As part of the International Connections Program from CIFF (Chicago International Film Festival) and co-presented by the Consulate General of Brazil in Chicago, the Chicago Cultural Center screened on Wednesday Swirl (Girimunho), a 2011 Brazilian film by Clarissa Campolina and Helvécio Marins Jr.
This 90-minute-feature about an old woman who starts to revisit her thoughts after her husband’s death is a profound meditation on choices and the meaning of the little things in life. The cinematography shows the essence of a small town in the countryside of Minas Gerais state, enhanced by well-applied lighting with deliberate use of shadows. Furthermore, Campolina and Marins Jr. accomplished this masterpiece employing non-professional actors in a such soft and delicate way that it makes us wonder if this is really a feature film or a documentary.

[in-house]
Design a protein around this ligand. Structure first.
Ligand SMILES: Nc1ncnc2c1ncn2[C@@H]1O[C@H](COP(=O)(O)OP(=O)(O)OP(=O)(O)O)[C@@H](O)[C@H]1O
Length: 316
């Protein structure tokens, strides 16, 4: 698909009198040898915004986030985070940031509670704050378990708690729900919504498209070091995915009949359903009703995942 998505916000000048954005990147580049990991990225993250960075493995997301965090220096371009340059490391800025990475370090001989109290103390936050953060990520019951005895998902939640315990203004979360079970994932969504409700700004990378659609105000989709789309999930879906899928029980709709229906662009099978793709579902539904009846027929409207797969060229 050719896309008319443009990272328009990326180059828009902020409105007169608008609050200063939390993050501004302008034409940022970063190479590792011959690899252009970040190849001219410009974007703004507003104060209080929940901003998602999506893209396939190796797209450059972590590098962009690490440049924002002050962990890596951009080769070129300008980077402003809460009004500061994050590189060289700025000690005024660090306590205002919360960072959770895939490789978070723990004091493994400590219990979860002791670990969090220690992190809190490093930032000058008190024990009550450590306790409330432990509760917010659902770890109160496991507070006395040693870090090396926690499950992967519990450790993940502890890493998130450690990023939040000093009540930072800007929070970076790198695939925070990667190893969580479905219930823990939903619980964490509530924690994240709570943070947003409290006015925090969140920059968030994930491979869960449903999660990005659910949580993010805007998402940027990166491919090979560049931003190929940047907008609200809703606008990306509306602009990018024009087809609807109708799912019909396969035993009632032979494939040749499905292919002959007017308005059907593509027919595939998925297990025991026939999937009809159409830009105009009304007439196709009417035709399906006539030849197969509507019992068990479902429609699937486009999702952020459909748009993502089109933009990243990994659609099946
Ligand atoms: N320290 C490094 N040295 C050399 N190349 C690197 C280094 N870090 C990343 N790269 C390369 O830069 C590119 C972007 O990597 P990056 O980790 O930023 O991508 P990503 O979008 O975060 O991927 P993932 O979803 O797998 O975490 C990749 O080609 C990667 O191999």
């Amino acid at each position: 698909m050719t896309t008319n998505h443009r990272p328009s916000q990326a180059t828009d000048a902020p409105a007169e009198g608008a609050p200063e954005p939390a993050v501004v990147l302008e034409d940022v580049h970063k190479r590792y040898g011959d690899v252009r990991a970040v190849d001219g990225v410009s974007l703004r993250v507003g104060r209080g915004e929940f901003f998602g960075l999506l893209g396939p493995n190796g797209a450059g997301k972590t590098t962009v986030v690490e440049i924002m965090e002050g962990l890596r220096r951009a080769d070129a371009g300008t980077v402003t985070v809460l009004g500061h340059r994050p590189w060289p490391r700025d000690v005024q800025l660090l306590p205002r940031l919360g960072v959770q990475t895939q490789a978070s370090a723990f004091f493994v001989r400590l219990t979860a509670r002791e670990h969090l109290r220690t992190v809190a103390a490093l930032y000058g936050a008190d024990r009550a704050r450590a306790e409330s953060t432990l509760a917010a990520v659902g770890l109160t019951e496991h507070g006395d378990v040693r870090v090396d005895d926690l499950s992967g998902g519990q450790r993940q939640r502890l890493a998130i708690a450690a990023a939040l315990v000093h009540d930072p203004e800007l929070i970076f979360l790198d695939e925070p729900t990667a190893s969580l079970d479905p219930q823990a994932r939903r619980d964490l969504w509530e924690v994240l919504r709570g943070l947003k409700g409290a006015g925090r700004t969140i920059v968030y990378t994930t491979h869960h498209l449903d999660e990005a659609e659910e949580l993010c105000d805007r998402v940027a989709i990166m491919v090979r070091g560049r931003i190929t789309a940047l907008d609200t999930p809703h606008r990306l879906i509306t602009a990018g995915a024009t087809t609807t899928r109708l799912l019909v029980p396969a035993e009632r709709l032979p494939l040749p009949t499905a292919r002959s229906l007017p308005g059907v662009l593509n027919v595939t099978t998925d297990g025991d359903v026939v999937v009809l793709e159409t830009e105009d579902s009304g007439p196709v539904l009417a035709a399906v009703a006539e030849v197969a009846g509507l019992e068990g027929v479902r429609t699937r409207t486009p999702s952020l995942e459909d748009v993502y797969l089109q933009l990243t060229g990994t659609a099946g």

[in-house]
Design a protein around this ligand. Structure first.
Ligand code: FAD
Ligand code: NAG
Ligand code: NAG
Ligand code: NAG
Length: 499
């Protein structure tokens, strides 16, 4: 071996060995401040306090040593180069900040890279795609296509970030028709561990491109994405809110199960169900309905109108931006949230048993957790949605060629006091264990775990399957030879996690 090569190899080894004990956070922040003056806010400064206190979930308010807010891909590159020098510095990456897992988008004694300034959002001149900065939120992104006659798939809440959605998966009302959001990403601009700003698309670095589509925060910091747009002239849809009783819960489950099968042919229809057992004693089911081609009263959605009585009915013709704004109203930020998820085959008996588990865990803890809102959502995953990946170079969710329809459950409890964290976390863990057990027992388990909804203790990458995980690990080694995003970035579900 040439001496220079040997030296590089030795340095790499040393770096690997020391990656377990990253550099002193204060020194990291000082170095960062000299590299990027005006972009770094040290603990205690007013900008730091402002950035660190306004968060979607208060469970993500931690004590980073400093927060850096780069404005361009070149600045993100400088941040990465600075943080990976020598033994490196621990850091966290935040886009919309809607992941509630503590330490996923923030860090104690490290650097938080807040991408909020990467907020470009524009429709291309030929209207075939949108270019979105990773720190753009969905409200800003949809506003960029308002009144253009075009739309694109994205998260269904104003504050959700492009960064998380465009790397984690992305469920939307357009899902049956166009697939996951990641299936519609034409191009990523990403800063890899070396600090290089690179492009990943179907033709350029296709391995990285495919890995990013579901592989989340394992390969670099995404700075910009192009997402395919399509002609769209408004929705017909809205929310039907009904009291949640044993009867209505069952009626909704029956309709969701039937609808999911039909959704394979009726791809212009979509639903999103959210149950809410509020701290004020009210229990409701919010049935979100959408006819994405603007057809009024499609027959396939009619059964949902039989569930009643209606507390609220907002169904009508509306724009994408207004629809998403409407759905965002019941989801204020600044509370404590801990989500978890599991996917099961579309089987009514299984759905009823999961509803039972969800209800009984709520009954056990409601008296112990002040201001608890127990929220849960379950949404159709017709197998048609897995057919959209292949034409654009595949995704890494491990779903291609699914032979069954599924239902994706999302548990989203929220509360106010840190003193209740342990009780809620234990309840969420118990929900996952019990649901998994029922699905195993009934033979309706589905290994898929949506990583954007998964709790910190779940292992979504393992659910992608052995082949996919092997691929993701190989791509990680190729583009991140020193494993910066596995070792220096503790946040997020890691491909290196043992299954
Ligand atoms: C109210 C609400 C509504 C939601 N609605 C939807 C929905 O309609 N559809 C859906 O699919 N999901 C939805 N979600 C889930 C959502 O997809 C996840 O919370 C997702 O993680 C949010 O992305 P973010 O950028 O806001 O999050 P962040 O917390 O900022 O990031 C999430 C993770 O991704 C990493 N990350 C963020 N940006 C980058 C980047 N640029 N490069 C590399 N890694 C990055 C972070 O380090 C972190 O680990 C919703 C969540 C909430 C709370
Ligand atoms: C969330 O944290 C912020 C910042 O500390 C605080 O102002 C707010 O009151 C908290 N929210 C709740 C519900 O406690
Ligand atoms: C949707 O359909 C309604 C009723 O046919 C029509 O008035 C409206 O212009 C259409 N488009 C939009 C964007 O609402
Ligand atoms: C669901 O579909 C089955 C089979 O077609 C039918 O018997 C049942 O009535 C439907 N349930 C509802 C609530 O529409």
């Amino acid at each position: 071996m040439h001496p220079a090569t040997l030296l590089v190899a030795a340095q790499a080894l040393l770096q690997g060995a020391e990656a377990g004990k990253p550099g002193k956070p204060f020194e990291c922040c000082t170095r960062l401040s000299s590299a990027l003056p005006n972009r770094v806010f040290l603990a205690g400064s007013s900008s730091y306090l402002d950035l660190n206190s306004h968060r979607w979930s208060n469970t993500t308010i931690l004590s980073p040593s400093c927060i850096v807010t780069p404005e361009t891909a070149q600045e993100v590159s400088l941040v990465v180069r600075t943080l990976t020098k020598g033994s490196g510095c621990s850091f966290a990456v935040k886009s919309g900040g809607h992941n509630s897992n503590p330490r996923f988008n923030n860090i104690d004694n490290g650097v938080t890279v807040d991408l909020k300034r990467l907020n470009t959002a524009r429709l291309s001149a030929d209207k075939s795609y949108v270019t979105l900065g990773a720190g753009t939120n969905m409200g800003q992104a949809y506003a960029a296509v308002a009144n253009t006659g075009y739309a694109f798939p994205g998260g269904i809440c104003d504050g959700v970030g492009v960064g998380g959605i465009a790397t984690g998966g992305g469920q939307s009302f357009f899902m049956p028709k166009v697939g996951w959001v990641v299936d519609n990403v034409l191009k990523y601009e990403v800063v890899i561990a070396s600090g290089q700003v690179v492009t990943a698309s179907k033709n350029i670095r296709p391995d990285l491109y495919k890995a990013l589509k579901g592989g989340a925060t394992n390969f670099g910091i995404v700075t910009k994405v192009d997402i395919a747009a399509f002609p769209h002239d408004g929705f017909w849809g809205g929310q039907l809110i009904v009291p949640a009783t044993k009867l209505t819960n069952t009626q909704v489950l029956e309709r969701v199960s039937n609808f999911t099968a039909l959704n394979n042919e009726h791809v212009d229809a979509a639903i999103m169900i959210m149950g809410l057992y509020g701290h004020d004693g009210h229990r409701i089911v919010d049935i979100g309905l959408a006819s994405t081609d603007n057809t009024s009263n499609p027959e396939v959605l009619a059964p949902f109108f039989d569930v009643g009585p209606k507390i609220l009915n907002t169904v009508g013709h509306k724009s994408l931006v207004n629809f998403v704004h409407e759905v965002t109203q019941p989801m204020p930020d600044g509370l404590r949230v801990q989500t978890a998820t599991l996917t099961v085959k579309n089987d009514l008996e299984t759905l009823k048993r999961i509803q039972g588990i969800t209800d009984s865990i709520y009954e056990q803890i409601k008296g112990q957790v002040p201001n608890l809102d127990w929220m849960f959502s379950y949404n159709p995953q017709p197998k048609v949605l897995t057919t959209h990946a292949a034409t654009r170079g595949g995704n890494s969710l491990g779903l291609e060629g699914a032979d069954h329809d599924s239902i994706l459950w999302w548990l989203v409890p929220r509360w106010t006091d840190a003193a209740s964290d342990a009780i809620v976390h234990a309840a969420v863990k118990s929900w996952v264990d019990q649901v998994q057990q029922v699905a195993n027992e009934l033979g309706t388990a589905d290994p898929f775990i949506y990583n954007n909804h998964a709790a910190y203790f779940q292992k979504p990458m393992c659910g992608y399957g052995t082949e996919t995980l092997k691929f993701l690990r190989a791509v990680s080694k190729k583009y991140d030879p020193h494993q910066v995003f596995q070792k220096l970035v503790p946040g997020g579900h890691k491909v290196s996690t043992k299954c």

Brazilians will glimpse in Swirl a rarely-seen part of the country — and they will probably miss their grandmas. Americans will be amazed at the beauty of this poetic movie.
Swirl is worth of every one of its slowly-moving seconds. If you like to relax and reflect while watching the river pass you by, this film was made for you.
Don’t be sad if you missed the screening — you still have a chance to see Swirl, and guess what, it’s free and it’s tomorrow, Brazilian Independence Day, at 2 p.m.!
Chicago Cultural Center
78 E Washington St.
Chicago, IL 60602
Originally published in our first website, Chicagoano.